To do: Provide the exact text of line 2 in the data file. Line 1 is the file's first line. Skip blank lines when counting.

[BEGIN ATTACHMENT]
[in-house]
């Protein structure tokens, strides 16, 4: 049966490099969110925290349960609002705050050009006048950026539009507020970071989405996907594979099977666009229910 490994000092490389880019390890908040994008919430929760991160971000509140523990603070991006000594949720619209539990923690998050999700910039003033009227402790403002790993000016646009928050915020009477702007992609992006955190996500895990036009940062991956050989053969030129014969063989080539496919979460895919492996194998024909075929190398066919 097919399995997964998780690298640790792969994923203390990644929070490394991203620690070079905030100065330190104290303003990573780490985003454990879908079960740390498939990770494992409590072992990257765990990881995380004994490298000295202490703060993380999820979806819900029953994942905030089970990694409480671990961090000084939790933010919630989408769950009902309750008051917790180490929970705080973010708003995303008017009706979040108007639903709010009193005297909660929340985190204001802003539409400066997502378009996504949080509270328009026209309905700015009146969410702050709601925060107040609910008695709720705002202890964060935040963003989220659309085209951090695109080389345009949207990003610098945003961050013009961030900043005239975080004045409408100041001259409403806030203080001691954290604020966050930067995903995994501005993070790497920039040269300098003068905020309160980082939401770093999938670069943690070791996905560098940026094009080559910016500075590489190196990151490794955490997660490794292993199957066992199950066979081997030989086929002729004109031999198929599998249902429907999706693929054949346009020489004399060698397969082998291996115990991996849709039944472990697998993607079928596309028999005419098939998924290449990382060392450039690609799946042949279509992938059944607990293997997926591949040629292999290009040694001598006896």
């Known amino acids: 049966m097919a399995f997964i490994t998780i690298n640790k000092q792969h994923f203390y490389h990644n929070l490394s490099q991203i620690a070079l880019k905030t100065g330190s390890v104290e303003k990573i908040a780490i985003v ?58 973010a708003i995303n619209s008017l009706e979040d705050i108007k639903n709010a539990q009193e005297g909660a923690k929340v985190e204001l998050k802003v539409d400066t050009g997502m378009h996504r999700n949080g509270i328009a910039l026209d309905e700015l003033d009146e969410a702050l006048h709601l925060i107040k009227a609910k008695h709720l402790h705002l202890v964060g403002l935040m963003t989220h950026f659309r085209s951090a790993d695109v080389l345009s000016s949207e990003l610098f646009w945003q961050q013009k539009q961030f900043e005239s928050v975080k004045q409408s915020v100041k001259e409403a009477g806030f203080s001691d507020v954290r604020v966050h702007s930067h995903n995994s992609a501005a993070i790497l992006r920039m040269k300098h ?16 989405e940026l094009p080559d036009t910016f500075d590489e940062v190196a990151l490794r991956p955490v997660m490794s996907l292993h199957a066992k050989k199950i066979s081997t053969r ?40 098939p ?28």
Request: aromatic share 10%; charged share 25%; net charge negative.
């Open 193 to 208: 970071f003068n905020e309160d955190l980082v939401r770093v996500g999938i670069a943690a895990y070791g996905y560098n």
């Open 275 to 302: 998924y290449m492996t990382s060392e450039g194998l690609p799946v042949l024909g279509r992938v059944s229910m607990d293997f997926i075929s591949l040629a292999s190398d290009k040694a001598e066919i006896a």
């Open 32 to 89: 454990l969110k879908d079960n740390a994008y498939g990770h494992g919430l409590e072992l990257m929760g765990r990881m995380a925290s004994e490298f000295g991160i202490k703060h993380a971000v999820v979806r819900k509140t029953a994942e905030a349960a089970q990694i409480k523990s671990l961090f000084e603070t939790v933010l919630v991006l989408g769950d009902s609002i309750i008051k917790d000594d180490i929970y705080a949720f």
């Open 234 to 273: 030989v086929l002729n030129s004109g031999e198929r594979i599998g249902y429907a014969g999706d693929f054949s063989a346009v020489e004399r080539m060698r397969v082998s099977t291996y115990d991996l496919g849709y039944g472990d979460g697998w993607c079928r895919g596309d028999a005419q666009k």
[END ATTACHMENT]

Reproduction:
């Protein structure tokens, strides 16, 4: 049966490099969110925290349960609002705050050009006048950026539009507020970071989405996907594979099977666009229910 490994000092490389880019390890908040994008919430929760991160971000509140523990603070991006000594949720619209539990923690998050999700910039003033009227402790403002790993000016646009928050915020009477702007992609992006955190996500895990036009940062991956050989053969030129014969063989080539496919979460895919492996194998024909075929190398066919 097919399995997964998780690298640790792969994923203390990644929070490394991203620690070079905030100065330190104290303003990573780490985003454990879908079960740390498939990770494992409590072992990257765990990881995380004994490298000295202490703060993380999820979806819900029953994942905030089970990694409480671990961090000084939790933010919630989408769950009902309750008051917790180490929970705080973010708003995303008017009706979040108007639903709010009193005297909660929340985190204001802003539409400066997502378009996504949080509270328009026209309905700015009146969410702050709601925060107040609910008695709720705002202890964060935040963003989220659309085209951090695109080389345009949207990003610098945003961050013009961030900043005239975080004045409408100041001259409403806030203080001691954290604020966050930067995903995994501005993070790497920039040269300098003068905020309160980082939401770093999938670069943690070791996905560098940026094009080559910016500075590489190196990151490794955490997660490794292993199957066992199950066979081997030989086929002729004109031999198929599998249902429907999706693929054949346009020489004399060698397969082998291996115990991996849709039944472990697998993607079928596309028999005419098939998924290449990382060392450039690609799946042949279509992938059944607990293997997926591949040629292999290009040694001598006896």